equipment.''.
       (b) Kristen's Act.--Section 3 of Kristen's Act (34 U.S.C. 
     40504 note) is amended to read as follows:

     ``SEC. 3. AUTHORIZATION OF FUNDING.

       ``The Attorney General is authorized to use funds otherwise 
     appropriated for the operationalization, maintenance, and 
     expansion of the National Missing and Unidentified Persons 
     System (NamUs) for the purpose of carrying out this Act.''.

     SEC. 3. RESCUE BEACONS.

       Section 411(o) of the Homeland Security Act of 2002 (6 
     U.S.C. 211(o)) is amended by adding at the end the following:
       ``(3) Rescue beacons.--Beginning in fiscal year 2019, in 
     carrying out subsection (c)(8), the Commissioner shall 
     purchase, deploy, and maintain not more than 170 self-
     powering, 9-1-1 cellular relay rescue beacons along the 
     southern border of the United States at locations determined 
     appropriate by the Commissioner to mitigate migrant 
     deaths.''.

     SEC. 4. REPORTING ON NATIONAL MISSING AND UNIDENTIFIED 
                   PERSONS (NAMUS) PROGRAM.

       Not later than 18 months after the date of enactment of 
     this act, and every year thereafter, the Attorney General 
     shall submit a report to the appropriate committees of 
     Congress regarding--
       (1) the number of unidentified person cases processed;
       (2) CODIS associations and identifications;
       (3) the number of anthropology cases processed;
       (4) the number of suspected border crossing cases and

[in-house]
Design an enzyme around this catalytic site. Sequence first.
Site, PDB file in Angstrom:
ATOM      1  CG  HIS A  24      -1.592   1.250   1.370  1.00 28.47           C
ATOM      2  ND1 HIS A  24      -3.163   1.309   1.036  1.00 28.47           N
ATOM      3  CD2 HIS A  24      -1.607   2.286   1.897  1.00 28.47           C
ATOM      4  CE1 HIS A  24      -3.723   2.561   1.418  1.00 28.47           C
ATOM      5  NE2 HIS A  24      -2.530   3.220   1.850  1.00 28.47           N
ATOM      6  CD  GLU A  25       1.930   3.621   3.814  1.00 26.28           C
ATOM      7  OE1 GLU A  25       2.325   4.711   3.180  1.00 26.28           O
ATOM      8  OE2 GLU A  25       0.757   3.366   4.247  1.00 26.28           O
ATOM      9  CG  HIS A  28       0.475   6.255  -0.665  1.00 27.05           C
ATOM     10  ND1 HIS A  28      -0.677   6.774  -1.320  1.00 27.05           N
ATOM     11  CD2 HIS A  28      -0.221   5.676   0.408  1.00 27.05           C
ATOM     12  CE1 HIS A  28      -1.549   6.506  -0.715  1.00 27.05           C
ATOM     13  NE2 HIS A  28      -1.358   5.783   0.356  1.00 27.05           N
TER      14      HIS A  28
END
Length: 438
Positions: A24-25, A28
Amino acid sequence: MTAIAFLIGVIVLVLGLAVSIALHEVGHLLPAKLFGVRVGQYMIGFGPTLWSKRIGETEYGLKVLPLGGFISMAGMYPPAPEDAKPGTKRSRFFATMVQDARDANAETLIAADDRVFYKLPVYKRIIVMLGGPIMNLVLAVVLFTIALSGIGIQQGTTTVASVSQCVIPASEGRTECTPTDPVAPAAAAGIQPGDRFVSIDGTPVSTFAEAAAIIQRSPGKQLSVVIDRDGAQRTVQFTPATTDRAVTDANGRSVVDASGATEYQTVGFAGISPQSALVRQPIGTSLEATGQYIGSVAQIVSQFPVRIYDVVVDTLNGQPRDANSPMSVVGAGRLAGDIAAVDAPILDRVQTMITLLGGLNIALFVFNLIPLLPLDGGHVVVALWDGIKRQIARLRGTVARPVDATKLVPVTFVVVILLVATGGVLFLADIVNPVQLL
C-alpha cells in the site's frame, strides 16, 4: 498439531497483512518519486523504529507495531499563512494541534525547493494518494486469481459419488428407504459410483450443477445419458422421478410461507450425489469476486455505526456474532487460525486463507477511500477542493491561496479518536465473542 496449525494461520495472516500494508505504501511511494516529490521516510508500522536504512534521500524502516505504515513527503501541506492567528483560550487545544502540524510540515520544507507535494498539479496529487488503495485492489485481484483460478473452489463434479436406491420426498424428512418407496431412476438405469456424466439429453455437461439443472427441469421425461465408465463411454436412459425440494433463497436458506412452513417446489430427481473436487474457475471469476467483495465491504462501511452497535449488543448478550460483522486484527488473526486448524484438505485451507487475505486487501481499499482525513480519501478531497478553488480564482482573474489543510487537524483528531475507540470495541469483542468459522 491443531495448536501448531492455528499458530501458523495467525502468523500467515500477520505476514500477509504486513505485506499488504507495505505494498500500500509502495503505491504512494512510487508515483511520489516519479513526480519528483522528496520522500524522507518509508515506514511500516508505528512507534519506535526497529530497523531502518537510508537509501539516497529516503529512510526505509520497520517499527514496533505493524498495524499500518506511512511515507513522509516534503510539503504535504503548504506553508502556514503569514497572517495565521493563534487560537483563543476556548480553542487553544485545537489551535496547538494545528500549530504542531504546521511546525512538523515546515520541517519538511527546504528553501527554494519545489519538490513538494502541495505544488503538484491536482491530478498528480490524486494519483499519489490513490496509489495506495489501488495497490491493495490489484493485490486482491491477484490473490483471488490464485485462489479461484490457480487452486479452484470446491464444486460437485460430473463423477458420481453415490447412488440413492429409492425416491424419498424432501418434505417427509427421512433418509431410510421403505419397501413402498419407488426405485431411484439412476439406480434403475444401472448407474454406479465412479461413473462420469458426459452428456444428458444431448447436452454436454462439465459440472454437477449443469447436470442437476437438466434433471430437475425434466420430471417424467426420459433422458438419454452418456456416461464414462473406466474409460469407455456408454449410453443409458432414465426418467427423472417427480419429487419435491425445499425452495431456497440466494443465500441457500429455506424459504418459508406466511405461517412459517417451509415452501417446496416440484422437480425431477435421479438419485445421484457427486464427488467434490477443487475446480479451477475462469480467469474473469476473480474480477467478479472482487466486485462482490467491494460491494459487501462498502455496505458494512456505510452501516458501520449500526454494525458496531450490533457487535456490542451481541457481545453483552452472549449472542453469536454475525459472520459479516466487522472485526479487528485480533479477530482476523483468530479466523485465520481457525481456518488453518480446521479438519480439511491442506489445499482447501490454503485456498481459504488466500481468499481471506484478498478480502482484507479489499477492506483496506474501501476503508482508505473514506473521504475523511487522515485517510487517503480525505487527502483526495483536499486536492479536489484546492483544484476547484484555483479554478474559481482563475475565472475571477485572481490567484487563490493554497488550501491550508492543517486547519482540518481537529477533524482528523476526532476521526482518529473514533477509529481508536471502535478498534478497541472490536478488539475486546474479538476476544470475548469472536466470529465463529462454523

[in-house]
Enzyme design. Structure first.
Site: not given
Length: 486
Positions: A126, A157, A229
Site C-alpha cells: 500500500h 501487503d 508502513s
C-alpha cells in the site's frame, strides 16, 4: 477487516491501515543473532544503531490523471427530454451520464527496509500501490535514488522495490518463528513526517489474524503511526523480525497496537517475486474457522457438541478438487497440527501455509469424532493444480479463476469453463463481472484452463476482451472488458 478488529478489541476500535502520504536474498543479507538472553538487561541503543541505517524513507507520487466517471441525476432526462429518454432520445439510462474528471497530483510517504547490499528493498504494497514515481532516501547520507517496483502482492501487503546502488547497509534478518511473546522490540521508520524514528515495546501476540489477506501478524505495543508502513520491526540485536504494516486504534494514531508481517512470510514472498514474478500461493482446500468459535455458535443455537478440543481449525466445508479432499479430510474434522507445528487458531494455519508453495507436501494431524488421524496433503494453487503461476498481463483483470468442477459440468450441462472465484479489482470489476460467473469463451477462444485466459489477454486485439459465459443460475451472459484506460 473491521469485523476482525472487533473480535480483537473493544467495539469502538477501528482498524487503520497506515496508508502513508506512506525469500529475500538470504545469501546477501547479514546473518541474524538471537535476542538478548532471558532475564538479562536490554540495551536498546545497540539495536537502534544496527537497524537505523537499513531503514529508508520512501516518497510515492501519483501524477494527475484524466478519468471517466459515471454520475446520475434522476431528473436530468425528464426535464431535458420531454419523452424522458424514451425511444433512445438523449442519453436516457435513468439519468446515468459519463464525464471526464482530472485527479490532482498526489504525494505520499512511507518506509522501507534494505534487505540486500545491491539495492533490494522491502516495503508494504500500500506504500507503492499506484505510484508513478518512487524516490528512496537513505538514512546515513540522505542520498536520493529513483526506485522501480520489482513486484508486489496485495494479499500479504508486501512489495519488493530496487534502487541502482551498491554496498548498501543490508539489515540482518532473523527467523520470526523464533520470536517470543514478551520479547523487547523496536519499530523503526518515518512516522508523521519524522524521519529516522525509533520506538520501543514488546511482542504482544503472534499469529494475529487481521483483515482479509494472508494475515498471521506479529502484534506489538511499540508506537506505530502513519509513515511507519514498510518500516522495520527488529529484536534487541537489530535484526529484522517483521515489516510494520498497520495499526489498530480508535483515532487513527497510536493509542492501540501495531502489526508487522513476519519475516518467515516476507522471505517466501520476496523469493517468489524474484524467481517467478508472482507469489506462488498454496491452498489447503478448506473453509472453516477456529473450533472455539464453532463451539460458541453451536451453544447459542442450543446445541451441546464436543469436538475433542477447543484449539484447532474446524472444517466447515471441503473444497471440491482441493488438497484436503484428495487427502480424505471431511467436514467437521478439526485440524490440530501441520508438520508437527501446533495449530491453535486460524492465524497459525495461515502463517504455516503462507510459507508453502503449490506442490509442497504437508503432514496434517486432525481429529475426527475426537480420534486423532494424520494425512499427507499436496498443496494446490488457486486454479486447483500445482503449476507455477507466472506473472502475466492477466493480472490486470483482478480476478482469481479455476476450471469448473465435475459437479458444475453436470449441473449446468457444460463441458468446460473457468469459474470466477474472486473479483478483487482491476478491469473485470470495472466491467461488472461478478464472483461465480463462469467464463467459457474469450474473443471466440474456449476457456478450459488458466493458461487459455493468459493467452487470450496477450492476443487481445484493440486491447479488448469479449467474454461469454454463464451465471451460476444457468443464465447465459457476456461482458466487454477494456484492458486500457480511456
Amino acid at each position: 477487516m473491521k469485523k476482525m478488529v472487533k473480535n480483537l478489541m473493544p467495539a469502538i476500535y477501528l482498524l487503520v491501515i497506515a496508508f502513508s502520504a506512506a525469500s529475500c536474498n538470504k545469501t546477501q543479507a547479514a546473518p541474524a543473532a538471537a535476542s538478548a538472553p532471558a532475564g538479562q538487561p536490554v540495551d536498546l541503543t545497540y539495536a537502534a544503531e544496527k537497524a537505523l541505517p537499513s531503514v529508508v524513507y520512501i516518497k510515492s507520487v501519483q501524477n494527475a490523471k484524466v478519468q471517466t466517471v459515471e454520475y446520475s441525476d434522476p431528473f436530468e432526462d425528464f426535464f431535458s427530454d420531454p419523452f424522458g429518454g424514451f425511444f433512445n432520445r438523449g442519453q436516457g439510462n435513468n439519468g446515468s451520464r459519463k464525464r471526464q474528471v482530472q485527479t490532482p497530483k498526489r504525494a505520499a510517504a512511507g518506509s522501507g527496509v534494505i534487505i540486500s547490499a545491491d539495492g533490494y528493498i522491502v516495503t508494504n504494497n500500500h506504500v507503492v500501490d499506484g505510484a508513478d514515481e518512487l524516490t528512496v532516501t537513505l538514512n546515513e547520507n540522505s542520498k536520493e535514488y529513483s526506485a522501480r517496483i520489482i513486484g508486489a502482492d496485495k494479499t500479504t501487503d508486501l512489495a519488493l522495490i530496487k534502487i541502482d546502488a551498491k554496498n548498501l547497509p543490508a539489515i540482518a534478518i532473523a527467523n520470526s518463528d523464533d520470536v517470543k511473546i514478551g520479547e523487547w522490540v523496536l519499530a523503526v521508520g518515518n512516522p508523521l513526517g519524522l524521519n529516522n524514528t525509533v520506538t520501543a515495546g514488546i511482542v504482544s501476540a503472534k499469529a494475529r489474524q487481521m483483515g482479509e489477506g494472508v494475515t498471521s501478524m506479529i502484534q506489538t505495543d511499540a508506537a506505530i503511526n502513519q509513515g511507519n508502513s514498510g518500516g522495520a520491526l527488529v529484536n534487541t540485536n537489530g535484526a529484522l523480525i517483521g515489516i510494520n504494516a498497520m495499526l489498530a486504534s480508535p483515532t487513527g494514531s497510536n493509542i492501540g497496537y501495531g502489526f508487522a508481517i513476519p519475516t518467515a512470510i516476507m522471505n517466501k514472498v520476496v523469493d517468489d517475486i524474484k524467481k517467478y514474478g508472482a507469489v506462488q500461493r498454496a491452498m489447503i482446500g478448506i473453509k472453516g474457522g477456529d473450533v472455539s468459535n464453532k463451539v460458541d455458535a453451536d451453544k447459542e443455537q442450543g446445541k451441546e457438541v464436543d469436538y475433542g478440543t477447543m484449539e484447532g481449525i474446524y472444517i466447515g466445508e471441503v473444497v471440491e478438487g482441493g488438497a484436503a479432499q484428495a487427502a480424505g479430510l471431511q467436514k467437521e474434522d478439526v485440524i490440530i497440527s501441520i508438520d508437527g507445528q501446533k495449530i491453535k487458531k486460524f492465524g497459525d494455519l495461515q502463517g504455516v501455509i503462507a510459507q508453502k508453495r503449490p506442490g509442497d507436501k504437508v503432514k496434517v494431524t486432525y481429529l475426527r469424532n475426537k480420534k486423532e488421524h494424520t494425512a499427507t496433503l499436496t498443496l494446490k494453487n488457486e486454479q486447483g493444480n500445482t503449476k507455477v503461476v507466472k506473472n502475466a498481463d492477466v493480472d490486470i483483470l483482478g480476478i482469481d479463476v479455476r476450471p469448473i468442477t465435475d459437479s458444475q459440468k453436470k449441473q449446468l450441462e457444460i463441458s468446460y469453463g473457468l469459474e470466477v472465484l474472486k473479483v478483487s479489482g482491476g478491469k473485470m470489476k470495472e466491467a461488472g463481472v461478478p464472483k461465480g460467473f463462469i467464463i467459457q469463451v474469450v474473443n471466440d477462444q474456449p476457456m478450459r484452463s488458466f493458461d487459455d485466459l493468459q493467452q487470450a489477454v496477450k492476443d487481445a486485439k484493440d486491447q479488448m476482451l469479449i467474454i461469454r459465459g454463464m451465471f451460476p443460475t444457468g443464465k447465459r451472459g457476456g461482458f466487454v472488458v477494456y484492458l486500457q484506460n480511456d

associations made;
       (5) the number of trials supported with expert testimony;
       (6) the number of students trained and professions of those 
     students, and
       (7) the turnaround time and backlog.

     SEC. 5. OTHER REPORTING REQUIREMENTS.

       (a) Unidentified Remains.--Not later than 1 year after the 
     date of enactment of this Act, and annually thereafter, the 
     Commissioner of U.S. Customs and Border Protection shall 
     submit a report to the appropriate committees of Congress 
     regarding all unidentified remains discovered, during the 
     reporting period, by U.S. Customs and Border Protection on or 
     near the border between the United States and Mexico, 
     including--
       (1) for each deceased person--
       (A) the cause and manner of death, if known;
       (B) the sex, age (at time of death), and country of origin 
     (if such information is determinable);
       (C) the location of each unidentified remain; and
       (2) the total number of deceased people whose unidentified 
     remains were discovered

[[Page S7359]]

     by U.S. Customs and Border Protection during the reporting 
     period;
       (3) the efforts of U.S. Customs and Border Protection to 
     engage with nongovernmental organizations, institutions of 
     higher education, medical examiners and coroners, and law 
     enforcement agencies--
       (A) to identify and map the locations at which migrant 
     deaths occur; and